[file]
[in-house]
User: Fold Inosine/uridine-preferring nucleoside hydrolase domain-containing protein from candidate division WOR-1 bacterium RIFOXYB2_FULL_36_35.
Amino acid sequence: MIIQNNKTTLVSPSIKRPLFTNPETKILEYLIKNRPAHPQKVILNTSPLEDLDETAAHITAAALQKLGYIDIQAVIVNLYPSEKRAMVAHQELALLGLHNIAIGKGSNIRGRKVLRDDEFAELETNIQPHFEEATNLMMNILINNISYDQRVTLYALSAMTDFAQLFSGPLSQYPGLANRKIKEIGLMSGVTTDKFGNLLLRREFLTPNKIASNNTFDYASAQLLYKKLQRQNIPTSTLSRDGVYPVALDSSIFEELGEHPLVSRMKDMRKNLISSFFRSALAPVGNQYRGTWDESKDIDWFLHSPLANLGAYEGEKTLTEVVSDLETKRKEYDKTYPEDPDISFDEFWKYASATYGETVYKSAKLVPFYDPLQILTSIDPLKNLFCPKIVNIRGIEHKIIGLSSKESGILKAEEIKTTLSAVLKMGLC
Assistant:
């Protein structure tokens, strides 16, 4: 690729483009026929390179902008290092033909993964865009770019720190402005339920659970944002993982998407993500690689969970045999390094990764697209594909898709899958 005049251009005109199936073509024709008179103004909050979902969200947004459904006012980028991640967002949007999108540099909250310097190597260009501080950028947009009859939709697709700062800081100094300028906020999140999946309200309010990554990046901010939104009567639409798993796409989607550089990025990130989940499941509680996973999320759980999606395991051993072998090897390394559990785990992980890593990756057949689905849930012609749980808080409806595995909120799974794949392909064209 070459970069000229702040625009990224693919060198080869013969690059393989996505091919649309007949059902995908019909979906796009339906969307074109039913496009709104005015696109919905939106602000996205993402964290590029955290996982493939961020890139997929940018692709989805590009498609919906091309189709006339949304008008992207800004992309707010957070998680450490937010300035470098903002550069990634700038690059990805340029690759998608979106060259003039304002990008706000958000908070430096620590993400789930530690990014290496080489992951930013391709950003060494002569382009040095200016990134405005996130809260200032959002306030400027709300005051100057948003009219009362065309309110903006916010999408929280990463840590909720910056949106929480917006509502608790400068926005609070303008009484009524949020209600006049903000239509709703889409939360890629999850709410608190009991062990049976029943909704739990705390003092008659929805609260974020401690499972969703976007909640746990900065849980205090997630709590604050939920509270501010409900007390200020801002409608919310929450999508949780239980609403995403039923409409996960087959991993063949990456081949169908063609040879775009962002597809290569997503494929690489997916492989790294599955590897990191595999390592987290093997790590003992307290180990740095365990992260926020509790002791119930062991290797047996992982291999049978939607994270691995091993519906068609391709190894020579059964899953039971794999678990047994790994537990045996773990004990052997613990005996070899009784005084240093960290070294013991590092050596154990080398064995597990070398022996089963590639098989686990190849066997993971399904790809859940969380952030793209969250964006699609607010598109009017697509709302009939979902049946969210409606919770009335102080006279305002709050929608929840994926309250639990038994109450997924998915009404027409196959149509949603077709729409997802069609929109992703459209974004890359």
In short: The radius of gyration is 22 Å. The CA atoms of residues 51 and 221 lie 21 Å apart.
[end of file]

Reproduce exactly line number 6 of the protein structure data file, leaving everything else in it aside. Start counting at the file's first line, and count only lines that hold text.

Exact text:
In short: The radius of gyration is 22 Å. The CA atoms of residues 51 and 221 lie 21 Å apart.